The Youth Wing is starting an open mic night this year. Curtain Call Open Mic will be Sept. 20 in the Black Box theater, which can accommodate about 70 people, Whatley said.

“The kids are the performers,” he said.

The Youth Wing also sponsors free workshops on Saturdays.

“They're entertaining and fun, and there's the camaraderie of being with your peers and learning something,” Whatley said. “Visiting one of the workshops on Saturday is a good way for interested students to get started.”

Coffee House

ACT also sponsors coffee houses throughout the year.

“The coffee house is kind of a throwback to the 1960's beatnik coffee house world,” Whatley said.

Each Coffee House begins with an open mic session.

“It might be singing or poetry. We've had people show up with very interesting instruments, play a song or two and talk to the audience,” Whatley said. “It's very informal, and audiences seem to respond very well.”

After the open mic, a featured artist performs.

This year, ACT is adding a fourth Coffee House at Christmas on Dec. 20 with holiday music by Matthew Dickerson, known as “The Dulcimer Guy,” according to ACT's season brochure.

The Valentine's Coffee House, featuring Preston and Weston, will be on Feb. 14, 2020.

“It's a nice date night that, honestly, is fairly inexpensive. For $15, you get an evening's worth of entertainment with coffee and sweets and cakes and cookies,” Whatley said.

Other Coffee House dates are Oct. 4 and May 8.

Summer season

ACT also offers a summer season. This year's productions are “Sweat” on July 17-25, 2020, and “Mayor's Income, Tennessee” on Aug. 14-22, 2020.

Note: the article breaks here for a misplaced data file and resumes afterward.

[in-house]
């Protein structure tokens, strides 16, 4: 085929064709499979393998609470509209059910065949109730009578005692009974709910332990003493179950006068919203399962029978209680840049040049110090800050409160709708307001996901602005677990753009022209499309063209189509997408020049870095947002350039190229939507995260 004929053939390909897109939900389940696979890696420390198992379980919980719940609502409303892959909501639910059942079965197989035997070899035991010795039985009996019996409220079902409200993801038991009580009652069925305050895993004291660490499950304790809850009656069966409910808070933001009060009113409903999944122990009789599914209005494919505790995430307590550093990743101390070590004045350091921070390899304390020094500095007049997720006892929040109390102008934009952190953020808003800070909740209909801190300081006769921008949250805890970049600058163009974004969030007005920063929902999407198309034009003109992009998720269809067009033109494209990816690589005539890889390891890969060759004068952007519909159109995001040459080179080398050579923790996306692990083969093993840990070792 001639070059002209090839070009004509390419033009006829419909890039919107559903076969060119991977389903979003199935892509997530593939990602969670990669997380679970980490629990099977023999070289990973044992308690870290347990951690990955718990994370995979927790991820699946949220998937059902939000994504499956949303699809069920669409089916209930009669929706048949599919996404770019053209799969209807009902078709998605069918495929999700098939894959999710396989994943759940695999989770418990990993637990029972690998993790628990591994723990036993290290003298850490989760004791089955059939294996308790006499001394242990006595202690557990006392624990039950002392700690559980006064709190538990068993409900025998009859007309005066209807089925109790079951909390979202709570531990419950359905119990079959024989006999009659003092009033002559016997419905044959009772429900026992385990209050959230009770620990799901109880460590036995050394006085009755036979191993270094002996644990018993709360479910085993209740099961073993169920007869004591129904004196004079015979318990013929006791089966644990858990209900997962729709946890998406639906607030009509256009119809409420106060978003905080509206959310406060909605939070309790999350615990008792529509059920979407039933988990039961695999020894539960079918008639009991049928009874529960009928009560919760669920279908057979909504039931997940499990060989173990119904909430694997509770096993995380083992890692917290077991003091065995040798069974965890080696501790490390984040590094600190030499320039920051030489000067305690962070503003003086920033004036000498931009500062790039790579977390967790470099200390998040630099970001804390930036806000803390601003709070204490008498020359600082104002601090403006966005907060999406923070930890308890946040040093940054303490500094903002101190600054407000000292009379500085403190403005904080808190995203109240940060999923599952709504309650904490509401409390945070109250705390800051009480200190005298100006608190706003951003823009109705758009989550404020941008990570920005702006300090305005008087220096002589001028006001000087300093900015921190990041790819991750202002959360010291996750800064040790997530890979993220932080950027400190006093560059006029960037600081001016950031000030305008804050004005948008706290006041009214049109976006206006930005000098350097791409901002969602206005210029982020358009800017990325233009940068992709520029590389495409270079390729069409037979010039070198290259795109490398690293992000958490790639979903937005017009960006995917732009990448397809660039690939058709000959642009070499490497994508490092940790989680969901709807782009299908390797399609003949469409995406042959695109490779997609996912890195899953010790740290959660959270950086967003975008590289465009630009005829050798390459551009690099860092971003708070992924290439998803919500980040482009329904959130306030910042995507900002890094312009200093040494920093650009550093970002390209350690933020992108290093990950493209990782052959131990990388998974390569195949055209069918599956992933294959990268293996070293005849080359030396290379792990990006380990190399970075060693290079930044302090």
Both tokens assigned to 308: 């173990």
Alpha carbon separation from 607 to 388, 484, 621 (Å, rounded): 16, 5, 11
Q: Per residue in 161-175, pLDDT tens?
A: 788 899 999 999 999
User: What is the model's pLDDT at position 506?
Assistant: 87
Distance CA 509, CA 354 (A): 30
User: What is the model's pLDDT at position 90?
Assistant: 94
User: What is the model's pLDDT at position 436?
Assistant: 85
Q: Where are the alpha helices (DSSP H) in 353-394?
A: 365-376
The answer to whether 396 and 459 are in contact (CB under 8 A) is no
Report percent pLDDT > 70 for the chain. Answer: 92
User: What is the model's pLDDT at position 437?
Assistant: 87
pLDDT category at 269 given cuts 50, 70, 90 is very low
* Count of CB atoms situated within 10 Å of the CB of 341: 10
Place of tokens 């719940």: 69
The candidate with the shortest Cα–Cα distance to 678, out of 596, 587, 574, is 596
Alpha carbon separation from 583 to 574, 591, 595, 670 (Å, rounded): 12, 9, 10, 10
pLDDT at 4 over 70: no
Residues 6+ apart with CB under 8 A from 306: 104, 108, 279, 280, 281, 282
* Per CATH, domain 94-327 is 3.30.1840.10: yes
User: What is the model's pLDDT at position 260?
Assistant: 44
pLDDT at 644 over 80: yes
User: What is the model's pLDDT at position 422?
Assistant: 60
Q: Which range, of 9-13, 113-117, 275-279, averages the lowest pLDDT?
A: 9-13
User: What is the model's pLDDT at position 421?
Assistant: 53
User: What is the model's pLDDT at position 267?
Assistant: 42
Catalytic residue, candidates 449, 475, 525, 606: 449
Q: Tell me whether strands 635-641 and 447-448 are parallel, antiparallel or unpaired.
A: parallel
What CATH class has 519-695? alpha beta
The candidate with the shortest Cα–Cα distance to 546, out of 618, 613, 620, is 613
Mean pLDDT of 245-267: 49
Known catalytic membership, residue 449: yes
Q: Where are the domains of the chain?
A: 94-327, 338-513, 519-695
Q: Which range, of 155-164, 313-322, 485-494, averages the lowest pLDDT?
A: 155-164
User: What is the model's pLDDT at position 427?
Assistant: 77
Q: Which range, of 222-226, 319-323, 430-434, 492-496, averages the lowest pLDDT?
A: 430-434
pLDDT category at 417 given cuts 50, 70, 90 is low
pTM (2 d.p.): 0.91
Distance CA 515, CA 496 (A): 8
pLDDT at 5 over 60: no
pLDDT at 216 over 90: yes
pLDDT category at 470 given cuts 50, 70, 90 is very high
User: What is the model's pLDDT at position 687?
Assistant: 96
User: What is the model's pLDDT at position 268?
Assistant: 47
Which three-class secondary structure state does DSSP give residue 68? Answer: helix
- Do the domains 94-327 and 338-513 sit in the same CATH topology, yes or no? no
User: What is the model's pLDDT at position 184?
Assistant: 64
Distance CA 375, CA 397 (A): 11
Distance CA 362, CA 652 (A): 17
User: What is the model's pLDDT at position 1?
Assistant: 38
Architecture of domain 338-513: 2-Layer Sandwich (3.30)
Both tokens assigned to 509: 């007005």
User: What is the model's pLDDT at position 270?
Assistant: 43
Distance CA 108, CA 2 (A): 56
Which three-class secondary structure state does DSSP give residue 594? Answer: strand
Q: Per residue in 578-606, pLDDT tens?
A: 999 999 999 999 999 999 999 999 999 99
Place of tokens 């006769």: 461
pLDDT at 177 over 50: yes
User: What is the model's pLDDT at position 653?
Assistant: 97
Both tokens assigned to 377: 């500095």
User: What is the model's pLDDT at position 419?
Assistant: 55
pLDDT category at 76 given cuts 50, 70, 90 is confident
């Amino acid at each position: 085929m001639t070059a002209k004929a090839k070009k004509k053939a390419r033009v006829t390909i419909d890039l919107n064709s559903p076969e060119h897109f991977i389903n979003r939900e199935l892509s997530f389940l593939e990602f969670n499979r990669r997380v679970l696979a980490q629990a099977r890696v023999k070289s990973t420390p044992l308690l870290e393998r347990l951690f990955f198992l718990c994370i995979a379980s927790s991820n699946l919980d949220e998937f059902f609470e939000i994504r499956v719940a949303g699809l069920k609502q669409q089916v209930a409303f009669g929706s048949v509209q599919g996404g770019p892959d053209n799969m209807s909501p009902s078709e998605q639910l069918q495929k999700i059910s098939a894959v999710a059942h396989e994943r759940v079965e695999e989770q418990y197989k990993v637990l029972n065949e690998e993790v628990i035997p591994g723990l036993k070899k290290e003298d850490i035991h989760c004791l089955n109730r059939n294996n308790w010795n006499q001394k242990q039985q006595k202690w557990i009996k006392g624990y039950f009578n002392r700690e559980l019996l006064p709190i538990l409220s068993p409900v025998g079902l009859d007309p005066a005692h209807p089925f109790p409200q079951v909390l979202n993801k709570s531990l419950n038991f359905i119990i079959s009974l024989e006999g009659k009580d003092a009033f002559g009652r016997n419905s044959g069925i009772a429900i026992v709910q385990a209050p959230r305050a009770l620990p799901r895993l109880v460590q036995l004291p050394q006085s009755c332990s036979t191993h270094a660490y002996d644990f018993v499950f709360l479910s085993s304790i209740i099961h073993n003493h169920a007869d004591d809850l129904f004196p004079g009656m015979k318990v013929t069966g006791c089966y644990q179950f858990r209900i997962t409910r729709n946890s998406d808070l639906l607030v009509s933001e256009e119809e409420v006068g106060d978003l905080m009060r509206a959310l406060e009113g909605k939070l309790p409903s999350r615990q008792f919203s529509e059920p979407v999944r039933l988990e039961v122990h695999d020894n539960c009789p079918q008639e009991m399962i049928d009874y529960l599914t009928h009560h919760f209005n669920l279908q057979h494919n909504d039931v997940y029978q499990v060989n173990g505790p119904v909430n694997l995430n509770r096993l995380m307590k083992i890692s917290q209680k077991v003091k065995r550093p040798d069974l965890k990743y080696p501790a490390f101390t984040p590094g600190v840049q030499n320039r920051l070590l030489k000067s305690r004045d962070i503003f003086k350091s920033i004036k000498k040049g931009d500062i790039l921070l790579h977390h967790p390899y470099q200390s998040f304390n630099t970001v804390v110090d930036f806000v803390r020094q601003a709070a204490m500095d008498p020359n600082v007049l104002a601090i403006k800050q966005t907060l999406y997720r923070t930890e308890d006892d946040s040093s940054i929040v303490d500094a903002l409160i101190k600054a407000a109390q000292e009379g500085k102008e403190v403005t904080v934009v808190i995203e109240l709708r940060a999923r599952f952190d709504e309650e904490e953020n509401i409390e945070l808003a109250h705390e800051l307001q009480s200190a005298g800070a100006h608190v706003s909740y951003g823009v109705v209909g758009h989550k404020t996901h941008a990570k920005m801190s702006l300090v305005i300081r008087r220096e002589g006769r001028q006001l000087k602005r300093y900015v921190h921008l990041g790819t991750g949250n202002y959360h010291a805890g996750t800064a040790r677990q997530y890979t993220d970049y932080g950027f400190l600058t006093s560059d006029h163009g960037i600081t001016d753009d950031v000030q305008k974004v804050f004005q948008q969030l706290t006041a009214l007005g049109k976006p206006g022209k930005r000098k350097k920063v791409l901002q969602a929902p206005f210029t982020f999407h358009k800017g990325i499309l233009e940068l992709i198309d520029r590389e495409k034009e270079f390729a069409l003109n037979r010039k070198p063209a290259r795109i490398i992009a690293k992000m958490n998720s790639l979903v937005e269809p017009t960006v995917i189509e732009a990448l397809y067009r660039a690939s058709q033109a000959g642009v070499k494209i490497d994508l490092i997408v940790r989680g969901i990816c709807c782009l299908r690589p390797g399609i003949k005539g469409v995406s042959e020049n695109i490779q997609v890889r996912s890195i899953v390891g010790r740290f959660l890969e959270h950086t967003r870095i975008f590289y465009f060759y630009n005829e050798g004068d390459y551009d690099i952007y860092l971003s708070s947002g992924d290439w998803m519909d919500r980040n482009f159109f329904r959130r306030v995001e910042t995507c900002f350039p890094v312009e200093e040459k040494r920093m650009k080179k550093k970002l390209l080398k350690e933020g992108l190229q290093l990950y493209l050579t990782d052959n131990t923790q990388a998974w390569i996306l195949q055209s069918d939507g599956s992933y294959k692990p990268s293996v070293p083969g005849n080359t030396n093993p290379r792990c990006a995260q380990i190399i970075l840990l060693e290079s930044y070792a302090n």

“'Sweat' is a very strong drama about the struggles of working people and the effect the decline of manufacturing is having on small communities,” Whatley said. “'Mayors Income, Tennessee,' is a kind of a bizarre, little set of short stories written by a local performer. It's already had one production in Augusta. It's weirdly funny, and it's good to showcase local talent when we can.”

ACT relocated from its former home on Two Notch Road in Virginia Acres Park to the AECOM Center for the Performing Arts at 126 Newberry St. S.W. in 2002. The house holds 330 people. The City of Aiken owns the building, and ACT raised about $1.7 million in a capital campaign to help build the theater and bring ACT downtown.

“Because of that, ACT is the primary tenant and has first dibs on the dates we use. The other half are available to the city to rent,” Whatley said. “It's been a partnership that has just exceeded all expectations as far as success.”

Whatley started volunteering with ACT in 1978, first as an actor and then later as a director and sound and lighting technician. He has been the president or executive director for 16 years over three different periods since 1988.

Whatley said ACT is part of a larger local arts community that includes both performing and visual arts.

“It's just unusual for a community of our size to have as many artistic outlets as we have, and Aiken is very supportive of its arts community,” he said. “As for the artistic opportunities in Aiken, if you just look around, you're going to be amazed how much you can do on a weekend in Aiken if you have the time, and it won't take that many dollars either.”

Larry Wood covers education for the Aiken Standard.